Air New Zealand's inflight safety videos have historically been a way to mix humour into the critical info, but their latest one has taken a decidedly different tone.
It's also been fraught with controversy ahead of its release.
The new video, released today, takes place in Antarctica. Thirty-nine years ago this year, the continent was the site of what remains New Zealand's worst aviation disaster, when an Air New Zealand sight-seeing flight crashed into the side of Mt Erebus and killed all on board.
The crash site itself is avoided in the video, which instead showcases the beautiful scenery and the science work being done on the ice. It features penguins and seals as well as scientists - and Entourage's Adrian Grenier also stars in it.
An Air New Zealand spokesperson told media they didn't show Mt Erebus, an iconic landmark in the Ross Sea region, out of respect for the families of those who died in the doomed 1979 flight.
"The Erebus tragedy weighs heavily on Air New Zealand and our country, and we would like to assure you we have approached filming in a very respectful way," the company said in a letter to some of the families.
However Jayne Holtham, whose father perished in the crash, said she and other family members weren't consulted before the video was made.
"The very nature of a safety video where there was such an incredible disaster that affected the entire country is just weird," she told Newshub when the video was first revealed.
"Other safety videos are very light-hearted and sort of taking the piss, and for this safety video to be down near Erebus, what's this one going to be like?"
Shortly before the video's release, Air New Zealand sent another email to the victims' families letting them see the safety video before it went public.
In the letter, which has been supplied to Newshub, Air New Zealand's David Morgan and Antarctica New Zealand's Peter Beggs stressed that the companies were thinking of the victims during the video's creation.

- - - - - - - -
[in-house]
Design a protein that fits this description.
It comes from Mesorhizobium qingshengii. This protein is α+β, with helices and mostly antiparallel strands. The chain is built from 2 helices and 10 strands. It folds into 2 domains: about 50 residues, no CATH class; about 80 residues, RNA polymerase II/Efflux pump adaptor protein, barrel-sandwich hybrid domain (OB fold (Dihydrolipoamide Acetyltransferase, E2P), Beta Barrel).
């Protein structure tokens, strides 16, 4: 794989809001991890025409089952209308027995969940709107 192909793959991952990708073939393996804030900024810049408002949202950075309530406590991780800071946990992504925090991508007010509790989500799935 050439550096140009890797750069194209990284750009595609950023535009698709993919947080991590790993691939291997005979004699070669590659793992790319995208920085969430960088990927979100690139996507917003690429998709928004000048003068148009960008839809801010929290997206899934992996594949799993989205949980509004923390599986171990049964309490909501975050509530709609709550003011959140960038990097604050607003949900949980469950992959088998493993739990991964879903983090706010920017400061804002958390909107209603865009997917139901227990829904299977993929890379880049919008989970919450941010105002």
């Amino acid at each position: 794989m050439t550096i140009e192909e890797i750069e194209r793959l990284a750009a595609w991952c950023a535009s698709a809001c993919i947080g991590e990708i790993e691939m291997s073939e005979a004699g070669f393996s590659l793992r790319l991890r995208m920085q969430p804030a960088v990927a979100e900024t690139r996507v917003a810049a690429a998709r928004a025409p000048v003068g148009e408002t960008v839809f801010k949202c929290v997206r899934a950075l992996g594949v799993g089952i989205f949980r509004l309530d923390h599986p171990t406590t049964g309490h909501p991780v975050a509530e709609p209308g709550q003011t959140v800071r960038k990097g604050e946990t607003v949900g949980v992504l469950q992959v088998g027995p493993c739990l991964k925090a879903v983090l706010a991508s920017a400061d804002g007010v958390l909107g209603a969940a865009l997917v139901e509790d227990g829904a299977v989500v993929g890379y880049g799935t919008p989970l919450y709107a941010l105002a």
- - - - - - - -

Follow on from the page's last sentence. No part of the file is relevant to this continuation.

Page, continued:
"We of course remain extremely conscious that Antarctica is of great significance to your family, and would like to assure you that filming locations were carefully chosen to avoid featuring Mt Erebus and memorial sites," they said.
However one of the family members has told Newshub he was only sent a link to watch the video at 10pm last night. The video was then made public at 6am on Thursday. He said despite Air New Zealand's assurances, it wouldn't have been possible to watch the video before it was made public.
Family members aren't the only ones concerned over the sensitivity of the safety video. Newshub understands some of those involved in the video's creation were also uncomfortable with the concept.
As well as the video, Air New Zealand has launched a website profiling several Kiwi scientists working in Antarctica on climate change issues.
Previous inflight safety videos have included the All Blacks dressed as the stars of Men in Black, and one where New Zealand was transformed back into Middle-earth to promote The Hobbit trilogy.
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It's not the first time one of their videos has had a frosty reception. In 2014, there was public fury after the safety video featured several scantily clad swimsuit models from US magazine Sports Illustrated.
Air New Zealand also helps fund science and research on the isolated continent, and is partnered with Antarctica New Zealand and the New Zealand Antarctic Research Institute.